This Pink Vintage Dresser is making us dream of girly rooms, gold decor and frilly fabric. Here’s how you can get this look for your own vintage dresser makeover!
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There is a first time for everything, and this is our very first distressed pink dresser!!
Pink has been on my list of colors to try painting on an old dresser, and it surely did not disappoint!
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Supplies Used for Pink Vintage Dresser
- Wood Glue
- Long Tie-Down Straps
- Krud Kutter
- 220 Grit Sandpaper
- Shop Vac
- Tack Cloth
- Nursery Rhyme paint by Amulent Paint
- Paint Sprayer
- Waterbased Polyurethane
How to Repair Old Furniture Before Painting
Before I could get into the fun painting part though, this dresser had some chipping veneer and some veneer that had lifted away from the dresser.
Some of the original trim had broken off as well.
So before any painting happened, I started working on repairs.
Read more about How to Fix Damaged Wood Furniture Before Painting here and how we did it on this dresser!
How to Replace Wood Trim on Furniture
The original trim had mostly broken off of the sides of the dresser, but there was some missing from the front of the dresser as well.
I really wanted to replace the wood trim on this dresser, so I searched online to try to find a similar piece of wood trim.
I had no luck finding a similar piece though!
So I thought about making new trim by replicating the old trim. I’ve done this many times before, but not with such delicate trim.
If the trim was larger, I would have gone this route though. See how to make a mold of wood trim.
In the end, I simply removed the trim from the sides of the dresser by carefully prying it off with a thin spackling knife.
Then I used a pair of wire cutter pliers to cut the trim down to replace the trim on the front of the dresser.
Then I sanded the wood (where the trim used to be) to be nice and smooth for paint.
How to Fix Veneer that is Lifting
The lifting veneer was pretty simple to fix. It was lifting from the edge, so it wasn’t difficult at all. Here’s how to glue veneer back down.
I put some wood glue in between the veneer and the wood underneath and then clamped it down.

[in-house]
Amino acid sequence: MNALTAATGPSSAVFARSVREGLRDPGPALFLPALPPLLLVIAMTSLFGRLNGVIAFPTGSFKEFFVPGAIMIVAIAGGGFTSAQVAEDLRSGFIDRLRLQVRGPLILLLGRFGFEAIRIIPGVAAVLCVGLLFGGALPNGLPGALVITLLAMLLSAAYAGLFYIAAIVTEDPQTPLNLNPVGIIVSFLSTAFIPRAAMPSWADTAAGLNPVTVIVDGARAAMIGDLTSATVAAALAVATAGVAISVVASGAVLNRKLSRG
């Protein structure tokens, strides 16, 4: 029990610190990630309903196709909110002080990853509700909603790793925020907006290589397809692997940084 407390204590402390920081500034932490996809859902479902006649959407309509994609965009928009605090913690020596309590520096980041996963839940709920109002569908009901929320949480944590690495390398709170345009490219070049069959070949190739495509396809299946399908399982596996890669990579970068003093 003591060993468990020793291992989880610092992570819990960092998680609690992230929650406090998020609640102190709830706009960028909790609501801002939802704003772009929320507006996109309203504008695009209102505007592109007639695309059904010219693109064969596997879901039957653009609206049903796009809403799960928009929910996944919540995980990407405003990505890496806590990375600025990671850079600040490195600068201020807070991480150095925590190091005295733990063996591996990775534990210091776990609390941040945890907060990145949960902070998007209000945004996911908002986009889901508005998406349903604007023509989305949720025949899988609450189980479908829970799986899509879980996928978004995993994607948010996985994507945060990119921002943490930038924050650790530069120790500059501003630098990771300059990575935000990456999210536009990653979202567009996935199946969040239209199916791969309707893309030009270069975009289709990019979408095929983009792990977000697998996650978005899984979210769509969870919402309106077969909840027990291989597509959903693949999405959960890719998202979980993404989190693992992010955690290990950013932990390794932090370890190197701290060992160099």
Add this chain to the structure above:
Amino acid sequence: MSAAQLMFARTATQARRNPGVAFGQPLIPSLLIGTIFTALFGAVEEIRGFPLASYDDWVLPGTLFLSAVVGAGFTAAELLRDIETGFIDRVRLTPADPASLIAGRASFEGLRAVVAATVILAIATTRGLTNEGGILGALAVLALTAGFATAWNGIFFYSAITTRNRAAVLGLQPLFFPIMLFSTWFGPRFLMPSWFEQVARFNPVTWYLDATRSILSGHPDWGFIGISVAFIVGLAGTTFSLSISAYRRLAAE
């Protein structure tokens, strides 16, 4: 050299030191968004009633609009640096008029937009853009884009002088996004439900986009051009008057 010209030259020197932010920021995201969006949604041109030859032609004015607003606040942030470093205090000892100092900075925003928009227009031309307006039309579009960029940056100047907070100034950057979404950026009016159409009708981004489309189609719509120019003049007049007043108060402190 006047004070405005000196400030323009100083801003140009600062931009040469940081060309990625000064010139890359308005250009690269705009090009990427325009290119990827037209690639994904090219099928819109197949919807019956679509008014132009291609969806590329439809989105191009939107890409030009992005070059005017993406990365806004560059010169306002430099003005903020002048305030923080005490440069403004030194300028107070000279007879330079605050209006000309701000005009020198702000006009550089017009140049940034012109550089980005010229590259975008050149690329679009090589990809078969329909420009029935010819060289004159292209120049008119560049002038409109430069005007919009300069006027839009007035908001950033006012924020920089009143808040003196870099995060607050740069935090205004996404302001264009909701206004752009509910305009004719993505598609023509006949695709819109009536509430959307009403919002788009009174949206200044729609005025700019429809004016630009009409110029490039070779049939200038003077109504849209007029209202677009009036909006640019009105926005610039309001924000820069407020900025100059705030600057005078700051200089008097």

This is a great little video on how to get glue under the veneer before clamping it down.
Here’s a fun little tip though!
If you don’t have a clamp that is long enough for your dresser, you can use ratcheting tie-down straps instead!
I grabbed a piece of scrap wood to help spread out the pressure over the lifted veneer, and then wrapped a couple of long tie-down straps around the dresser.
Then I used the ratchet to clamp down on the veneer and push it back down in place.
Then I let it sit for 24 hours until the glue dried.
When I released my large homemade clamp, the veneer was glued back down in place.
How to Fix Veneer Chips
Last, but not least, there were little chips broken off of the veneer on the edges.
Most old furniture has these chips in the veneer, so it’s a common furniture repair to make.
Learn more about how to repair furniture with Bondo.
Pink Vintage Dresser Makeover
After repairs, the next step is to prep the dresser for paint.
Prepping furniture for paint is actually a huge deal. Especially when you are going to paint a dresser in a light color! – More on that in a second!
To make sure the paint stuck to the dresser, I cleaned the dirt, grime, wax and oil off of the dresser with Krud Kutter.
Learn more about How to Clean Furniture Before Painting here!
I also filled in half of the old hardware holes so I could switch out the hardware.
Here is the best way to change hardware on a dresser!
How to Prevent Bleed Through when Painting
In the painting world, there is a nasty little monster called bleedthrough. It’s basically wood tannins that stain through your paint, and won’t ever go away until you treat them.
They show up as yellow, pink, or orange spots that keep staining through your paint, no matter how many times you cover it up with more paint.
But there is a way to prevent those stains from coming through. You just have to use the right products!
You can learn more about how to get rid of bleed-through here.
*After a couple of coats of pink paint, I could see bleed-through showing up still. This dresser was definitely made of mahogany, one of the hardest types of wood to stop from bleeding. So after those couple of coats of paint, I went back and treated the dresser to prevent bleed through again. After the 2nd treatment, I was finally able to move on with no more bleed through.
Finally, we were ready for paint!!
I chose this color for it’s softness and vibrancy. I think it’s the perfect pink for a nursery, or for a girly room!
If you are looking for a bolder pink color, check out this DIY Pink Dresser Makeover we did.
We recently upgraded from our cheap hobby sprayer, and I couldn’t be more impressed with our new sprayer.
Learn more about how to paint furniture with a paint sprayer.
Distressed Pink Dresser
After the paint was dry, I sanded everything down with 220 grit sandpaper and focused on sanding the edges and raised parts of the dresser for a nice distressed look.
Learn more ways to get a distressed look on furniture here!
Then I vacuumed up the dust and wiped any leftover dust away with a tack cloth.
To give the weathered wood gray finish extra durability and make it easier to wipe down, I sprayed on 3 coats of my favorite top coat.
Learn ALL of my tips and tricks on How to Spray Polyurethane here!
The old hardware was replaced with new gold cup pulls to give it a modern style.
Happy Painting Friends!!
And don’t forget to pin this photo for future reference!!
- Repair old furniture before painting.
- Clean, scuff sand, fill in holes, and prime furniture to prep.
- Apply 3-4 coats of paint.
- Once dry, distress the furniture with sandpaper.
- Attach new hardware.
More Dresser Makeover Ideas:
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